Weber: If Trump treats Europe as an enemy, we’ll defend our industry

Manfred Weber, the chairman of the European People's Party (EPP) in the European Parliament and deputy leader of the Bavarian Christian Social Union (CSU) party, gestures on stage after the election of the top candidate of the party for the European elections 2019 during a party congress in Munich, Bavaria, Germany, 24 November 2018. [EPA-EFE/LUKAS BARTH-TUTTAS]

In case the trade war between Europe and the US intensifies and President Trump treats Europe as an enemy, then the latter will have no choice but to defend its industry, centre-right Spitzenkandidat Manfred Weber said.

In an interview with the European Business Review, the EPP’s Group leader in the European Parliament and candidate for the EU Commission top office said Europe does not want a trade conflict.

“We have tried everything to make dialogue and mutual understanding prevail. If President Trump decides to treat Europe as an enemy, we will have no choice but to defend the European industry, European jobs, European interests,” the German conservative politician emphasised.

“This will have consequences for the American people too. In a trade conflict there are only losers,” Weber added.

The Bavarian politician also said the new situation with increased US isolation, should be seen as a wake-up call for Europeans to be the “bridge-builders” and reliable partners towards the rest of the world.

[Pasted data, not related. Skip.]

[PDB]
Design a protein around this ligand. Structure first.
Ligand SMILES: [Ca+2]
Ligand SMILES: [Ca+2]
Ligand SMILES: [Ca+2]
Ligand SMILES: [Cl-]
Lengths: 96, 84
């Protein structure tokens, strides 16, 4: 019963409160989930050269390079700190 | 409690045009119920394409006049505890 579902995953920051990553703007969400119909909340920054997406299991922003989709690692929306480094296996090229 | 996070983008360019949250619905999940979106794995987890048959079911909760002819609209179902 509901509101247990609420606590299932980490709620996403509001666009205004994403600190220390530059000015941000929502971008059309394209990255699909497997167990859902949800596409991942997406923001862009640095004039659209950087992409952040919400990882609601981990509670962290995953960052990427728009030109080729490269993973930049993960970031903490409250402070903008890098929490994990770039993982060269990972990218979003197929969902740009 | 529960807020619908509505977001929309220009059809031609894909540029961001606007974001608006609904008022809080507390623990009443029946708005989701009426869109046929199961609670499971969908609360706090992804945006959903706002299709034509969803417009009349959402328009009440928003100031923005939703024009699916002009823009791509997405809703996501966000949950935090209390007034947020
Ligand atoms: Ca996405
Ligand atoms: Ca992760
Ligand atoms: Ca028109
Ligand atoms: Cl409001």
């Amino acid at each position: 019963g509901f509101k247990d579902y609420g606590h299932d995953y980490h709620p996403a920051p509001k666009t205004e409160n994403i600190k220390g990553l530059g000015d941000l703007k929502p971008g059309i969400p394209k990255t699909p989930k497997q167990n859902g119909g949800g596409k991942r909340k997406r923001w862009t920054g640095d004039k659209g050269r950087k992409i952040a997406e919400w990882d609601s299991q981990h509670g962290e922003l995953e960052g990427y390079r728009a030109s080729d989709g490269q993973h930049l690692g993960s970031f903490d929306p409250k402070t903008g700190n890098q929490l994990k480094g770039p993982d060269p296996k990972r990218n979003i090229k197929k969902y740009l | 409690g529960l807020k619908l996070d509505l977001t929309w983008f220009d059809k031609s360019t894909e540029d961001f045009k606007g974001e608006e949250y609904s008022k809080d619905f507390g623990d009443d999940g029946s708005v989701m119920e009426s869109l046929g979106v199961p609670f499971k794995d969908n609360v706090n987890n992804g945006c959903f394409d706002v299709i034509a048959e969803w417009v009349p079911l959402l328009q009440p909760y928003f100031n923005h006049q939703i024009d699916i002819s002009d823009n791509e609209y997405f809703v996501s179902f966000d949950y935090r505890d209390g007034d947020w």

“Europe has to act with a clear message, united, calm and proportionate. I do hope, however, that the transatlantic relations can improve again,” Weber said.

France’s absence

Weber also referred to the next EU elections in May and reiterated that the main objective was to tackle rising populism across the continent.

Asked about “Europe’s Germanisation”, considering that Germans have taken most EU institutions’ top posts, Weber replied: “The European Commission should be, and is, a representation of all member states. All member states in Europe are equal in front of the Treaties. Politically, too, it would be wrong for one country or the other to become too dominant.”

However, he hinted that France’s ‘absence’ in EU politics should not be disregarded in this matter.

“I have the idea that a country like France has been more absent the last decade. So, even if I don’t always agree with President Macron, I do welcome the European engagement of his presidency.”

French President Macron, whose party is not currently represented in the Parliament, will probably ally with the liberal ALDE Group in the next EU elections.

He has said he wants to create a “progressive coalition” in the next EU Parliament and analysts expect he is able to attract members from the EPP and S&D.

Macron has not made, though, his plans clear about the EU elections. Paris officially opposes the Spitzenkandidaten process, something that Berlin fully backs. On the other hand, Berlin opposed the transnational lists proposed by Macron.

An EPP source told EURACTIV in September 2018 that Macron would go for the Spitzenkandidaten process if he had a political group in the European Parliament.

“With his non-participation in the democratic debate ahead of the election, he disqualifies France from having an EU high-level post,” the source said.

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